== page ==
Mar 13 2005, 02:29 PM
As fate would have it, my first commission is from Stephen
Bright, the fellow who bought my Ramirez 1a 10-string classical.
He loves the 10-string so much, he asked me to build him another.
Well, given the fact that I haven't built one yet, and also that
I sort of miss my old Ramirez, I decided to build two. The first
one will be the guinea pig, as it were. The second will be Stephen's.
I intend to document both builds here.
In case you're wondering what on Earth a 10-string is, here
are a couple of shots of my old Ramirez:
A bit of history -- the 10-string guitar is a result of a
collaborative effort between Narciso Yepes (1927-1997) and Jose
Ramirez III (1922-1995). The first modern 10-string classical
was built by Ramirez in 1964. It has always been somethng of
an obscure instrument, with Yepes having been, by far, its largest
proponent. In more recent years, however, it has been slowly
gaining in popularity, chiefly among players who wish to transcribe
baroque or renaissance lute music to the guitar, where the full
range of bass lines can be preserved. In a similar respect, a
growing number of arrangements of pieces originally written for
piano or harpsichord is also becoming available. Also, players
are becoming more inventive with respect to tunings, which has
fuirther enhanced the repertory.
Actually, except for the neck, fingerboard and bridge, a 10-string
is not substantially different from a 6-string classical. Finding
wood of the correct size can be a bit of a problem, but fortunately
Grant came through with the mahogany and ebony I need for the
necks, and Eddie Yohannes, another member here, was able to supply
me with oversize bridge blanks. Oh, and I can't leave out Mark
(Manitou) for supplying me with a nice piece of corian from which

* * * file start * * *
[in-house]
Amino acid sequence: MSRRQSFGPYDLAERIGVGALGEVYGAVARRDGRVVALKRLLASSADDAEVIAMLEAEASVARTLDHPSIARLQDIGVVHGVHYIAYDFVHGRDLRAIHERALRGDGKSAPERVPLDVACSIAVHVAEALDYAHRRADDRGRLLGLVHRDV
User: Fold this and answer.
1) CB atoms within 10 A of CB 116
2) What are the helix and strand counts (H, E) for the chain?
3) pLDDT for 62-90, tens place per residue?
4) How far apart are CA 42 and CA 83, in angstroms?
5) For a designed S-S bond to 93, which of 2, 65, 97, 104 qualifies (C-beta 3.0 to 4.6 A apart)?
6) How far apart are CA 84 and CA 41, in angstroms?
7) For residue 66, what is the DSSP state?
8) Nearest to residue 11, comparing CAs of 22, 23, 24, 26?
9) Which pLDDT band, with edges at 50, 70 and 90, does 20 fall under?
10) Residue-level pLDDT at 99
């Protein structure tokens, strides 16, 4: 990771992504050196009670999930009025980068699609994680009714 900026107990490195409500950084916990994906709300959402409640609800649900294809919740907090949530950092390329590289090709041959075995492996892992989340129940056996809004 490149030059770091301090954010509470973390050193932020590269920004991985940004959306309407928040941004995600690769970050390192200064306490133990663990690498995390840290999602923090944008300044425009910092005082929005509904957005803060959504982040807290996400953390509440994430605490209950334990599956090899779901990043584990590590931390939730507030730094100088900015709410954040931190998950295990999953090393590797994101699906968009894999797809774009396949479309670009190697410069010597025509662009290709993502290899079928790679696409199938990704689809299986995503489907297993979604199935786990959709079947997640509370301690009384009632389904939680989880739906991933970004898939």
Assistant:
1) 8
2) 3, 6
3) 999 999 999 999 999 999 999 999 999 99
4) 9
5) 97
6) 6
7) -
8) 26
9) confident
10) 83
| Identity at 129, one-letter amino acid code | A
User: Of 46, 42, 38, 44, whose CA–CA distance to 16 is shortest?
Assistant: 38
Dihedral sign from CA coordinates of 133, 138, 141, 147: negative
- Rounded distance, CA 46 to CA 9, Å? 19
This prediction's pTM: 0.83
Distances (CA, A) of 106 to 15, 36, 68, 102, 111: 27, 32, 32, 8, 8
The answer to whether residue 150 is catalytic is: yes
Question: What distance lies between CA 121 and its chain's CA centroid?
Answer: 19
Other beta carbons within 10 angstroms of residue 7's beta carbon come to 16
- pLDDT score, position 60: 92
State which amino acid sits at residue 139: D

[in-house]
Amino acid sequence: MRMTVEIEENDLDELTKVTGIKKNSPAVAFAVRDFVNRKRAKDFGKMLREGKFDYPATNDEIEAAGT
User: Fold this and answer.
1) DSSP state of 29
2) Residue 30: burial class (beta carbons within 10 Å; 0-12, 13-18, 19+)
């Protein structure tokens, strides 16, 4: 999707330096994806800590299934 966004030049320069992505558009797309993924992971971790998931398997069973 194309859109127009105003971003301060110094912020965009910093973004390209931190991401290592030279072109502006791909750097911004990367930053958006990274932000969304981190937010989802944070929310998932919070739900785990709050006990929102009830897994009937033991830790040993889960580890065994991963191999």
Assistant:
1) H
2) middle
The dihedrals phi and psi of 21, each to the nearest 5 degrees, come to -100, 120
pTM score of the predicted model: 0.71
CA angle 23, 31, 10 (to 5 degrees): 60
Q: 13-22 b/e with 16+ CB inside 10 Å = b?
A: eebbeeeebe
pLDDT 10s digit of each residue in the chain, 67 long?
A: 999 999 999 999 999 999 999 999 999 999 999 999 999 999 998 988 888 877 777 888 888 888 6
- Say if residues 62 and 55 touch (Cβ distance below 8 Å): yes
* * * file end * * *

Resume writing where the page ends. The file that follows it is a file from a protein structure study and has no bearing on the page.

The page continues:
I'll be able to cut the oversize nuts and bridge saddles. A shame
-- that piece of corian is almost too pretty to cut.
Why Corian? A couple of reasons -- even though it is a type of
synthetic stone, it works easier than bone, and it doesn't stink.
I can cut it with my bandsaw and machine it in my milling machine.
I've used Corian on all my builds so far, and I think it compares
quite favorably with bone in terms of tone and sustain.
As for the woods I will be using, for the first build, I have
selected a nice top set that I cut from a billet I obtained from
Mario. Not sure which tree it is -- I think he called it his
"son of 70203." I have a very nice back and side set
of Bolivian rosewood that I obtained almost a year ago. Great
tap tone. Stephen is supplying his own tonewood for the second
build -- a German spruce top set and a Brazilian rosewood back
and side set.
I've begun work on the 1st guitar already. Joined and thicknessed
the top, installed the rosette and cut the soundhole. Bent sides.
BTW, Bolivian rw is at least as easy to bend as walnut. Easier
to bend than Indian rw. I like it a lot. Glad I'm not allergic
Mar 13 2005, 04:59 PM
I should add that I've built only one steel string acoustic to
date using corian, and it sounds fine to me. The fact that all
the others use nylon strings may have something to do with it.
Perhaps the difference between the two substances is not as critical